Wednesday, December 13, 2006

New York Press Review: "Inland Empire"

On the eve of the new issue of the New York Press Armond Dangerous will take it upon itself (ourselves?) to not fall too far behind our man's weekly output. We have a whole year and career's worth of reviews to sneak up on, tackle, and pound into tender, black and blue pulp, so our desperate sprint to surprise Armond at the corner of 2006 and 2007 begins now. We still haven't seen Mel "Jews are responsible for all the wars in the world" Gibson's Armond-approved (we know that much) epic Apocalypto, but we've been familiar with David Lynch's shape-shifting Inland Empire since feasting our eyes on it at the New York Film Festival and are well-equipped to counter AW's muddled review.
Because this take on Inland and Lynch's new artistic direction exemplifies White at his boorish, self-righteous worst. It starts off harmlessly enough, likening the film to a sketchbook -- not a bad comparison given Inland's disparate, fragmented, piece-by-piece assemblage. Then White makes his true critical intentions known:

We've already seen similar sketches in such recent Lynch films as Mulholland Drive and Lost Highway. That means the most fascinating thing about Inland Empire is the degree to which Lynch's personal cosmology (deliberately disturbing, if not off-putting figures and devices) has become an accepted—and expected—part of contemporary film culture.

Ah. As he does so often when confronted with cinematic experiences beyond his reassuring "pop" island, White flips the mirror around to ostensibly gauge a general critical reaction and then position himself in stubborn opposition. As we'll see, that position is incredibly shaky. Onward:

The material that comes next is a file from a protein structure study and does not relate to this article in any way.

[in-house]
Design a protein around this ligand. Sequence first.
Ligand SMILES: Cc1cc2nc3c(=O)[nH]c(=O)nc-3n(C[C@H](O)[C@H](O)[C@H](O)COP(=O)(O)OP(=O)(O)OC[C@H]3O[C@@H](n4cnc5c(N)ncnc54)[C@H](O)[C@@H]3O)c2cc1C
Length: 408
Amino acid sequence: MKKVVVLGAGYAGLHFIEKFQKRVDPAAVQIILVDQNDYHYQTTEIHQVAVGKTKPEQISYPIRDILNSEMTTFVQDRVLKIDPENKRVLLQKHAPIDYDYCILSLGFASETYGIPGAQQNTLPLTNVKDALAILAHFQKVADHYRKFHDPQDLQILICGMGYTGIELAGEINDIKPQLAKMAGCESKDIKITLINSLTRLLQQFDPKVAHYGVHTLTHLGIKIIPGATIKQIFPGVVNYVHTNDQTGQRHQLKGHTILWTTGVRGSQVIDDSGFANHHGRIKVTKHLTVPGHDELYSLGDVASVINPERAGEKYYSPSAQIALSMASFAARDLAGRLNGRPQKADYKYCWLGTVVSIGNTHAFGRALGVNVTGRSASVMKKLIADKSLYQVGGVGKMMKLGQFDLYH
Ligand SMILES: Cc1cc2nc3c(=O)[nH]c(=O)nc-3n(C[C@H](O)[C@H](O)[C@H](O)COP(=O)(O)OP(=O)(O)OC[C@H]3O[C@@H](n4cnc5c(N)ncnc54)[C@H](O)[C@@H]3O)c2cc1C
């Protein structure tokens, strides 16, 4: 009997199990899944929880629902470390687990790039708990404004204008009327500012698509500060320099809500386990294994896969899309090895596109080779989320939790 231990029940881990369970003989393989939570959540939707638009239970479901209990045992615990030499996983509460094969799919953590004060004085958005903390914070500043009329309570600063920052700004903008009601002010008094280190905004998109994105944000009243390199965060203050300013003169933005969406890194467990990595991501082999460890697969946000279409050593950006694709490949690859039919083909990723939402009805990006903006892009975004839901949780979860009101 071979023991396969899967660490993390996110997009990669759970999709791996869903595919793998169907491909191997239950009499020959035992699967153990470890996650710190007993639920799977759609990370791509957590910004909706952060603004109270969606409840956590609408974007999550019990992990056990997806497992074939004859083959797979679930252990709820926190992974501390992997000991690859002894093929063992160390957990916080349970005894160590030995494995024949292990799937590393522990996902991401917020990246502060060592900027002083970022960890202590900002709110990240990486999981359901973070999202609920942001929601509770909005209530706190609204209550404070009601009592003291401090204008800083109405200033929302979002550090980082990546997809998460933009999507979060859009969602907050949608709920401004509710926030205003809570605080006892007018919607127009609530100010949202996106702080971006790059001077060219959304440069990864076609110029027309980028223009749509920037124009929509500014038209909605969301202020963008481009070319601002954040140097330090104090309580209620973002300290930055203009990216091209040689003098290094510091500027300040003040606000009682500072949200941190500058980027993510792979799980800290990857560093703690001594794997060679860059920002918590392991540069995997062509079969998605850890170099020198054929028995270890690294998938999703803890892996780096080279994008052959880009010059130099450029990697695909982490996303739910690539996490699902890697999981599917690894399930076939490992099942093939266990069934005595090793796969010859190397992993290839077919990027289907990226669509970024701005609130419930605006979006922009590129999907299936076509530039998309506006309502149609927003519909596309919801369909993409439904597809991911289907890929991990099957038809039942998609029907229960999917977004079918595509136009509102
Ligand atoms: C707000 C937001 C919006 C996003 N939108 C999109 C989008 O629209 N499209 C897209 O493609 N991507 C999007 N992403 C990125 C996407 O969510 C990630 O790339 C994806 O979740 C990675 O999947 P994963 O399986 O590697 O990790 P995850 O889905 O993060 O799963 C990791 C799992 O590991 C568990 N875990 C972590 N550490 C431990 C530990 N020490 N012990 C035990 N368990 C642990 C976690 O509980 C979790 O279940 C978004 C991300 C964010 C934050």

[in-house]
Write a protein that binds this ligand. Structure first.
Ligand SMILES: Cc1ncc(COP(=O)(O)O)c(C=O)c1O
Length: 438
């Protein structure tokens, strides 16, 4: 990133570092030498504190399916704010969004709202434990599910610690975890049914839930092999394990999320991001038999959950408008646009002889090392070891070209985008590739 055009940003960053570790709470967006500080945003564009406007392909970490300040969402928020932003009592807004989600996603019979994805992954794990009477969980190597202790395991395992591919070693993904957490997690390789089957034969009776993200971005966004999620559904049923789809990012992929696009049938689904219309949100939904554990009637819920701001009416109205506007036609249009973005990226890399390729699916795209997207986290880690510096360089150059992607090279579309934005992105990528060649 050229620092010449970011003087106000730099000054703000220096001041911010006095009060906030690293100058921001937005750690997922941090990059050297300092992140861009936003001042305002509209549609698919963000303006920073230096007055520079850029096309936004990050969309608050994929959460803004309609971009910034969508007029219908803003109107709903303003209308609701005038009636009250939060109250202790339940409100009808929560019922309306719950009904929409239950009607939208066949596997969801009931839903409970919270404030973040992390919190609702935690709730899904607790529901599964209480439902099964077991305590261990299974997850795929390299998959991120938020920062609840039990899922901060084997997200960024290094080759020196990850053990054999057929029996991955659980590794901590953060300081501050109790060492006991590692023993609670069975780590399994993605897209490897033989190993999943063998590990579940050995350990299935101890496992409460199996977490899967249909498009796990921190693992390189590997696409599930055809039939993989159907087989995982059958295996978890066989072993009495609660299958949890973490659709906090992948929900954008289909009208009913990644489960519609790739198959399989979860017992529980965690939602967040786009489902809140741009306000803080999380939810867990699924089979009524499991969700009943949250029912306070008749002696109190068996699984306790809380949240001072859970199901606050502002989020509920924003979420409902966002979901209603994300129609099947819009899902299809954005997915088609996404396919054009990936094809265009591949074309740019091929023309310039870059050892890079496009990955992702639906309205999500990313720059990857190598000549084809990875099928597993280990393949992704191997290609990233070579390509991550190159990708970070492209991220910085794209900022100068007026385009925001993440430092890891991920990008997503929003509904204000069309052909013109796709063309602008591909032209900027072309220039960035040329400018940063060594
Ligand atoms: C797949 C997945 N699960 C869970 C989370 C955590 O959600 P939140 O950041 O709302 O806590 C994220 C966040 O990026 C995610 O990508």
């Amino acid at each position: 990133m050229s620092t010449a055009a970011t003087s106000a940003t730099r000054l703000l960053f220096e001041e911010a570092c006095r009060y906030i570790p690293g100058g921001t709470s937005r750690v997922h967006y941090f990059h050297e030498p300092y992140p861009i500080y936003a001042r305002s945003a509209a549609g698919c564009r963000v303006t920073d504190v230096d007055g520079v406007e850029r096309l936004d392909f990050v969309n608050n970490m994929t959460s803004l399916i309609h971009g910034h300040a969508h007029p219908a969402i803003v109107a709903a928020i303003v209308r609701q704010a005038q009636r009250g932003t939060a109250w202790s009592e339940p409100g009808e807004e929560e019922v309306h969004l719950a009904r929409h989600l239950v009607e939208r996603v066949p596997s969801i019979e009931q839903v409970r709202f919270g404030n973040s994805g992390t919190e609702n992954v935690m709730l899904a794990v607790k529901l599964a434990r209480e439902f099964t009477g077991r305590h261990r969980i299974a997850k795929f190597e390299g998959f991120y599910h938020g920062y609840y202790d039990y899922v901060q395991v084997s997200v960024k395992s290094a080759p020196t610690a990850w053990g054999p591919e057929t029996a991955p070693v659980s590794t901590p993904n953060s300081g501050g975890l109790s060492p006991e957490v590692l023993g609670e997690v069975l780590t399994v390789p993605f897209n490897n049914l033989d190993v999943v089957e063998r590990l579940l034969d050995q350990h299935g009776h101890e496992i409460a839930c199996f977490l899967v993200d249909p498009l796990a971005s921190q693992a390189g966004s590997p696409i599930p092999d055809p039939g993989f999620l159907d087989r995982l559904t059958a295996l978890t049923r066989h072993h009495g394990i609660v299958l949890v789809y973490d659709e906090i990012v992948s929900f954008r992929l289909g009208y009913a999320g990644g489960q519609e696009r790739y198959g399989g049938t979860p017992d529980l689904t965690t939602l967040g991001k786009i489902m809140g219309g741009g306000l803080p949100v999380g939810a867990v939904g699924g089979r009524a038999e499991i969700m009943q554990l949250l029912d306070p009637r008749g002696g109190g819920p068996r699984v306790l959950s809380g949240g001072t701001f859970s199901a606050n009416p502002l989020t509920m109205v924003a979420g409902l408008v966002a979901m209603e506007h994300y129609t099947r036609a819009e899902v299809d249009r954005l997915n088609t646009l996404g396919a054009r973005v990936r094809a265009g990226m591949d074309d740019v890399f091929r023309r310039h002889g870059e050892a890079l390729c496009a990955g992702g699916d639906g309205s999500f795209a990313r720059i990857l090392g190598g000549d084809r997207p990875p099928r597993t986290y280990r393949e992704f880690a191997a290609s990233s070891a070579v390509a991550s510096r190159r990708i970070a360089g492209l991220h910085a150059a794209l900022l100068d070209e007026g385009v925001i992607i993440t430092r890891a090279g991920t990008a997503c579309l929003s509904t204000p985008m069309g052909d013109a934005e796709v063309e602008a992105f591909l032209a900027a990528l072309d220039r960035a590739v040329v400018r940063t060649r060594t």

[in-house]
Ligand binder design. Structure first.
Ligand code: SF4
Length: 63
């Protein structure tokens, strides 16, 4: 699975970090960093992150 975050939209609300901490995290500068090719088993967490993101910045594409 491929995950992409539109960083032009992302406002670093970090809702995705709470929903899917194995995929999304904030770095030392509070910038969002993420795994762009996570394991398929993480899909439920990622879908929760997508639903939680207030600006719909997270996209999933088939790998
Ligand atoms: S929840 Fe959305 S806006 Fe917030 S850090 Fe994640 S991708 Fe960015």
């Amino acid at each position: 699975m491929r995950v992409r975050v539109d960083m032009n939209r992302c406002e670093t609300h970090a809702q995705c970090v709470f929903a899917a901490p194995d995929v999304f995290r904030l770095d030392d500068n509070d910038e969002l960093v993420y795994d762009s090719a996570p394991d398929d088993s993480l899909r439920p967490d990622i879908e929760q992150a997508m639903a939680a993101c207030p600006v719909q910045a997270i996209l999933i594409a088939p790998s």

Since Lynch is releasing Inland Empire himself . . . it's clear that he has no shame about repeating himself. Lynch obviously depends on a devoted audience that is interested in his continuing oeuvre and the twisting of his mind. (These viewers are not perturbed by obvious silliness such as the rabbit-like characters who pop up here.) The film's gloomy title is an art-student's invitation to project: Come visit unreachable, far-off places; journey through someone else's egotistical labyrinth. As Dern's Nikki disintegrates into her newest film role as Sue, the adulterous murder mystery may possibly reflect back on Nikki's own professional and private crises. Still, Inland Empire must be taken in a relaxed attitude as Lynch's in-joke, a psychotic, Bosch-like doodle. It seems designed to confound newcomers as much as to delight devotees.

The first warning signs arrive when White states Lynch is "repeating himself." Those who think Lynch is merely treading over the same comfortable ground (if ever comfortable in the first place) with Inland must have, we can imagine, hallucinated a more linear, less experimental narrative while viewing the film so it could compute. Inland's complete disregard for convention is related to but far afield from the Orphic genre-bending nightmares of Lost Highway and Mulholland Drive and a critic that can't spot the former's radical aesthetic departure needs to get his or her (but his, really, we're talking about Armond) eyes examined. As to whether Lynch "depends" on a devoted audience, our cynicism isn't so advanced as Armond's to believe Lynch wouldn't do (as he has done) whatever he wants according to his singular artistic temperament. But are his devoted followers not perturbed by the "obvious silliness" of the rabbit family? We're not sure how obvious it is in the first place, since this very odd -- even for Lynch -- element of Inland seemed to us more unsettling than anything else. And we still haven't gathered a consensus as to what Lynch's fan base collectively thinks about it. But unlike White, who we guess doesn't know himself, we haven't made such presumptions.